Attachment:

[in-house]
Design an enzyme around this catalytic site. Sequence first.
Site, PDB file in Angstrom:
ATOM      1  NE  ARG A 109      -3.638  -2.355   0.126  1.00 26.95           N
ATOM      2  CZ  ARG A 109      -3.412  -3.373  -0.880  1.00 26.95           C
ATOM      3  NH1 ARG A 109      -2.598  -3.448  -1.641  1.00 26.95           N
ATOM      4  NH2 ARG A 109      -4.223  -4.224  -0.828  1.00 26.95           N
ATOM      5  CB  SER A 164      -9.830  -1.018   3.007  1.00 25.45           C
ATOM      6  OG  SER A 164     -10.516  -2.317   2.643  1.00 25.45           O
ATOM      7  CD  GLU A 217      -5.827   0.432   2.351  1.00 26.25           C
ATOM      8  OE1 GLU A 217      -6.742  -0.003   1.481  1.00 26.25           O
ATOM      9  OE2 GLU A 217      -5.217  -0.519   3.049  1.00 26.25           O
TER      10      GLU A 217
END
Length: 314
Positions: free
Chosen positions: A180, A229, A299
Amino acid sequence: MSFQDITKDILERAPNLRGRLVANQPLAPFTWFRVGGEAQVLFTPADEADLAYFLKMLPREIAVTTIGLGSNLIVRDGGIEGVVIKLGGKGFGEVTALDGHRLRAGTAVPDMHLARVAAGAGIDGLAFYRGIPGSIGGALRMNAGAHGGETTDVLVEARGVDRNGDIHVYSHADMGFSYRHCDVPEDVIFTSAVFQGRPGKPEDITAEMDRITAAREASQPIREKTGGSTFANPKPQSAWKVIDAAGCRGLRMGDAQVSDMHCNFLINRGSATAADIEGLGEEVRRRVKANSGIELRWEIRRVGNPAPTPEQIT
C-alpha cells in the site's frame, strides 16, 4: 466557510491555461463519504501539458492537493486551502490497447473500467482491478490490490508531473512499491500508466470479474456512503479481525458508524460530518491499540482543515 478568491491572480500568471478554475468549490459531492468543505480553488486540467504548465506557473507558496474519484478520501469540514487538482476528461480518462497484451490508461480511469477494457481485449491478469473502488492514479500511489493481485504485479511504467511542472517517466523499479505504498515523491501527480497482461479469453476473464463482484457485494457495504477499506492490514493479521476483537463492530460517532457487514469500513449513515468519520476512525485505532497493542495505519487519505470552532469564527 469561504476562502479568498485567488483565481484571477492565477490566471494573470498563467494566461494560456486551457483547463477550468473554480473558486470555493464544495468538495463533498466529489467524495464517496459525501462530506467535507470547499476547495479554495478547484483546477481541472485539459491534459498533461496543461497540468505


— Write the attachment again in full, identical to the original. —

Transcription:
[in-house]
Design an enzyme around this catalytic site. Sequence first.
Site, PDB file in Angstrom:
ATOM      1  NE  ARG A 109      -3.638  -2.355   0.126  1.00 26.95           N
ATOM      2  CZ  ARG A 109      -3.412  -3.373  -0.880  1.00 26.95           C
ATOM      3  NH1 ARG A 109      -2.598  -3.448  -1.641  1.00 26.95           N
ATOM      4  NH2 ARG A 109      -4.223  -4.224  -0.828  1.00 26.95           N
ATOM      5  CB  SER A 164      -9.830  -1.018   3.007  1.00 25.45           C
ATOM      6  OG  SER A 164     -10.516  -2.317   2.643  1.00 25.45           O
ATOM      7  CD  GLU A 217      -5.827   0.432   2.351  1.00 26.25           C
ATOM      8  OE1 GLU A 217      -6.742  -0.003   1.481  1.00 26.25           O
ATOM      9  OE2 GLU A 217      -5.217  -0.519   3.049  1.00 26.25           O
TER      10      GLU A 217
END
Length: 314
Positions: free
Chosen positions: A180, A229, A299
Amino acid sequence: MSFQDITKDILERAPNLRGRLVANQPLAPFTWFRVGGEAQVLFTPADEADLAYFLKMLPREIAVTTIGLGSNLIVRDGGIEGVVIKLGGKGFGEVTALDGHRLRAGTAVPDMHLARVAAGAGIDGLAFYRGIPGSIGGALRMNAGAHGGETTDVLVEARGVDRNGDIHVYSHADMGFSYRHCDVPEDVIFTSAVFQGRPGKPEDITAEMDRITAAREASQPIREKTGGSTFANPKPQSAWKVIDAAGCRGLRMGDAQVSDMHCNFLINRGSATAADIEGLGEEVRRRVKANSGIELRWEIRRVGNPAPTPEQIT
C-alpha cells in the site's frame, strides 16, 4: 466557510491555461463519504501539458492537493486551502490497447473500467482491478490490490508531473512499491500508466470479474456512503479481525458508524460530518491499540482543515 478568491491572480500568471478554475468549490459531492468543505480553488486540467504548465506557473507558496474519484478520501469540514487538482476528461480518462497484451490508461480511469477494457481485449491478469473502488492514479500511489493481485504485479511504467511542472517517466523499479505504498515523491501527480497482461479469453476473464463482484457485494457495504477499506492490514493479521476483537463492530460517532457487514469500513449513515468519520476512525485505532497493542495505519487519505470552532469564527 469561504476562502479568498485567488483565481484571477492565477490566471494573470498563467494566461494560456486551457483547463477550468473554480473558486470555493464544495468538495463533498466529489467524495464517496459525501462530506467535507470547499476547495479554495478547484483546477481541472485539459491534459498533461496543461497540468505